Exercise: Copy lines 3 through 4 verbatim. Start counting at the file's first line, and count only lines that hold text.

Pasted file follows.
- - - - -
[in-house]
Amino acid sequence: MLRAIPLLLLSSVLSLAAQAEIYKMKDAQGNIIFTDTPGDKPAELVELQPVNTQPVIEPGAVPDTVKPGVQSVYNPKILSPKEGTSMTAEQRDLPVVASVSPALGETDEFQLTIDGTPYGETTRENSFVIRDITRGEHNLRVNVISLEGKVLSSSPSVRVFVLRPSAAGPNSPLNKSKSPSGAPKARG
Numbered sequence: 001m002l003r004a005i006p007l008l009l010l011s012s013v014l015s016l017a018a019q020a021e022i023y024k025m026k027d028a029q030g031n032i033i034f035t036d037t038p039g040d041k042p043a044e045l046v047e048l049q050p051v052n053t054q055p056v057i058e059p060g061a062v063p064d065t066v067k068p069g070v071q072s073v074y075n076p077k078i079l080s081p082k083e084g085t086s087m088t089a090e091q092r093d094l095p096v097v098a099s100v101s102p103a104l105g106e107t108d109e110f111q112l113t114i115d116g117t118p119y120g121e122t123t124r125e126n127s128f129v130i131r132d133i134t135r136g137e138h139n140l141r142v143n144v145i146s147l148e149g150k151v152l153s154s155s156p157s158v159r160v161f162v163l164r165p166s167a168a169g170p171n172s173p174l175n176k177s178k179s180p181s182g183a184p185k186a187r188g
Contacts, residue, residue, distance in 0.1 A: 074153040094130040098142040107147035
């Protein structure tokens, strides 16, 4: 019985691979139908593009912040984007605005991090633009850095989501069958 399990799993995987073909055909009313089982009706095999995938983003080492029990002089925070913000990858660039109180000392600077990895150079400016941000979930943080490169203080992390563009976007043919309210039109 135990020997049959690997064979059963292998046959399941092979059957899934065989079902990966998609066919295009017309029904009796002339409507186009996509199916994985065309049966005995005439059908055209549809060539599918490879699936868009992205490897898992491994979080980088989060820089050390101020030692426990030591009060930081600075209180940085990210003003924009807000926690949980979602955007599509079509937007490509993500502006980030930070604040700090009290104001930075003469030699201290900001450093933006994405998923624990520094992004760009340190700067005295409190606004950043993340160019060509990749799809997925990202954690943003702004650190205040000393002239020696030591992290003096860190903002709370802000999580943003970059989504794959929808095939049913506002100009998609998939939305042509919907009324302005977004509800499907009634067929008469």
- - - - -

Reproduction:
Numbered sequence: 001m002l003r004a005i006p007l008l009l010l011s012s013v014l015s016l017a018a019q020a021e022i023y024k025m026k027d028a029q030g031n032i033i034f035t036d037t038p039g040d041k042p043a044e045l046v047e048l049q050p051v052n053t054q055p056v057i058e059p060g061a062v063p064d065t066v067k068p069g070v071q072s073v074y075n076p077k078i079l080s081p082k083e084g085t086s087m088t089a090e091q092r093d094l095p096v097v098a099s100v101s102p103a104l105g106e107t108d109e110f111q112l113t114i115d116g117t118p119y120g121e122t123t124r125e126n127s128f129v130i131r132d133i134t135r136g137e138h139n140l141r142v143n144v145i146s147l148e149g150k151v152l153s154s155s156p157s158v159r160v161f162v163l164r165p166s167a168a169g170p171n172s173p174l175n176k177s178k179s180p181s182g183a184p185k186a187r188g
Contacts, residue, residue, distance in 0.1 A: 074153040094130040098142040107147035